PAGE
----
When cordless telephone system 100 is not being used (e.g., on-hooked) for a preset period of time, cordless telephone system 100 enters into a standby mode. In the standby mode, base unit 10 and portable unit 20 switch into the low-power mode by switching from their TRACK states to the IDLE state and ACQUIRED SLEEP state, respectively. Before entering the standby mode, portable unit 20 first checks its power manager whether it may enter into the SLEEP state. Once it is allowed to do so, portable unit 20 sends a Sleep_req message to base unit 10 at the end of a hopping sequence. In response to this message, base unit 10 returns a Sleep_Ack message to acknowledge this message, if base unit 10 no longer requires an active RF link. After port able unit 20 receives the Sleep_Ack message from base unit 10, base unit 10 and portable unit 20 enter into the IDLE state and the ACQUIRED SLEEP state, respectively, as shown by arrow 301 of
As shown in
Again referring to
Portable unit 20 and base unit 10 enter into their RESYNC states when their wakeup timers expire, as shown by arrow 402 of
Details of the resynchronization at the RESYNC state are described below with reference to
In one embodiment of the present invention, while in the SEARCH state, base unit 10 may transmit a beacon signal, which is a DMUX frame with a message Link_Search/hop_index_number. The DMUX frame can be a pure data packet. Reception of a DMUX packet by either base unit 10 or portable unit 20 indicates that the receiving unit is able to successfully decode the transmission of its partner, and that a link acquisition should be attempted. For example, the DMUX packet shown by arrow 305 of
If the search for a synchronization communication channel in the SEARCH state is successful, that is, when portable unit 20 receives a valid frame from base unit 10, and base unit 10 also receives some valid DMUX frames from portable unit 20, both base unit 10 and portable unit 20 enter into their ACQUIRE states, as shown by arrows 305 and 405. There are a number of ways for base unit 10 and portable unit 20 to enter into the ACQUIRE state. For example, in
In the ACQUIRE state, base unit 10 transmits ACQUIRE state packets within a DMUX frame. Portable unit 20 needs to match the base SYNC word received in the ACQUIRE state packets, and to adjust its frame timing so that it can be aligned with the base frame timing. Both portable unit 20 and base unit 10 enter the ACQUIRE state after the SEARCH process to synchronize their entry into the TRACK state. If the process in the ACQUIRE state succeeds, base unit 10 and portable unit 20 enter into the TRACK state, as shown by arrows 307, 308 and 407. Otherwise, i.e., if the ACQUIRE process fails, portable unit 20 and base unit 10 go through the ACQUIRE state to the SEARCH state rather than to the TRACK state. That is, base unit 10 and portable unit 20 need to execute another search, as shown by arrows 306 and 406, until the search is successfully done.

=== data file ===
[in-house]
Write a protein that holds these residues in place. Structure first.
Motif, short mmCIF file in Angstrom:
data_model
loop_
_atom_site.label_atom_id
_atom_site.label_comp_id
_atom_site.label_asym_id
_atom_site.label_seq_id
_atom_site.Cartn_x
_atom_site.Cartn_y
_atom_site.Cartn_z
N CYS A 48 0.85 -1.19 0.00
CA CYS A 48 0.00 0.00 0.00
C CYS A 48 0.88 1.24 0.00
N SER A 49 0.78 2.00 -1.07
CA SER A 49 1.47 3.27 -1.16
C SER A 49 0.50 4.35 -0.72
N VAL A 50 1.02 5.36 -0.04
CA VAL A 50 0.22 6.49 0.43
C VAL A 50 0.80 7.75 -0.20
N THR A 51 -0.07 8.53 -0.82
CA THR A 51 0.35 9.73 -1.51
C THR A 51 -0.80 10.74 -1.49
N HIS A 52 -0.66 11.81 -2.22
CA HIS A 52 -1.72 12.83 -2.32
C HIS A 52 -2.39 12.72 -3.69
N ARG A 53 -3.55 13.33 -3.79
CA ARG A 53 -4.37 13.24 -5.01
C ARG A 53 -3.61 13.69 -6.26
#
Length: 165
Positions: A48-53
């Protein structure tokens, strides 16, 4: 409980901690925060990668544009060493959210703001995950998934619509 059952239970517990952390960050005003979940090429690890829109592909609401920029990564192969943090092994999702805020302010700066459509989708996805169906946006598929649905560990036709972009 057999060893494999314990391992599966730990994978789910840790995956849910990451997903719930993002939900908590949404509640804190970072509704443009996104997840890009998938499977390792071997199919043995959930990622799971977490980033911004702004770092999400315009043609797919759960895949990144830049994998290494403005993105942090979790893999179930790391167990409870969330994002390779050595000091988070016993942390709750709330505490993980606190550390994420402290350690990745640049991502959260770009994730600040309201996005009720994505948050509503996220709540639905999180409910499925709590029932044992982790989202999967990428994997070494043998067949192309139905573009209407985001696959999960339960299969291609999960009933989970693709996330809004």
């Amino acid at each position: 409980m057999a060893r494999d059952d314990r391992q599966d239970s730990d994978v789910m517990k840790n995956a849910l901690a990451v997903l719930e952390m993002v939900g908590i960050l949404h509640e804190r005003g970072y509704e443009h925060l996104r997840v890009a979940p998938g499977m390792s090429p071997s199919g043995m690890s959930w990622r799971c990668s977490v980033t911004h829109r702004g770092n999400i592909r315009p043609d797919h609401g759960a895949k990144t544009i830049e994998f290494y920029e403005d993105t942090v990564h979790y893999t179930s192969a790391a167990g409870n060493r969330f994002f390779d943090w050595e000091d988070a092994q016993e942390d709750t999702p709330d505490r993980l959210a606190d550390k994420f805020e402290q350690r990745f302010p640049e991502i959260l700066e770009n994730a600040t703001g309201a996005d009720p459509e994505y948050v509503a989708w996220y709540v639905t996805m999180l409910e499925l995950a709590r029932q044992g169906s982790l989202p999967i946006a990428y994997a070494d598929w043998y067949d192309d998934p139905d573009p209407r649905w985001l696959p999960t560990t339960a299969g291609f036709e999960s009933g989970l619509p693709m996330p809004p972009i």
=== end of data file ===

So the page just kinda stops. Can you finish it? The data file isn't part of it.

For both base unit 10 and portable unit 20, the ACQUIRE state is broken up into sub-states (not shown), which are basically stages in the negotiation/co-ordination of entry into the TRACK state. Indication of that sub-state is transmitted as part of the ACQUIRE packets. On both sides, the last sub-state of the ACQUIRE process is CONFIRM. The reason that state transitions from TRACK to ACQUIRE check whether the other unit's sub-state is CONFIRM is that in a successful ACQUIRE to TRACK transition, it is not necessary for both units to transition at the same time. They both go through individual link acquisition/quality confirmation processes. If, for example, base unit 10 has just entered the TRACK state, and portable unit 20 is still in the ACQUIRE state, it does not make sense for base unit 10 to bounce back into the ACQUIRE state and repeat the acquisition process. Hence, base unit 10 would not do a state transition to the ACQUIRE state when base unit 10 receives an ACQUIRE+confirm packet from portable unit 20. However, base unit 10 would do the transition if it receives a packet showing that the portion unit 20 is at an earlier stage of acquisition.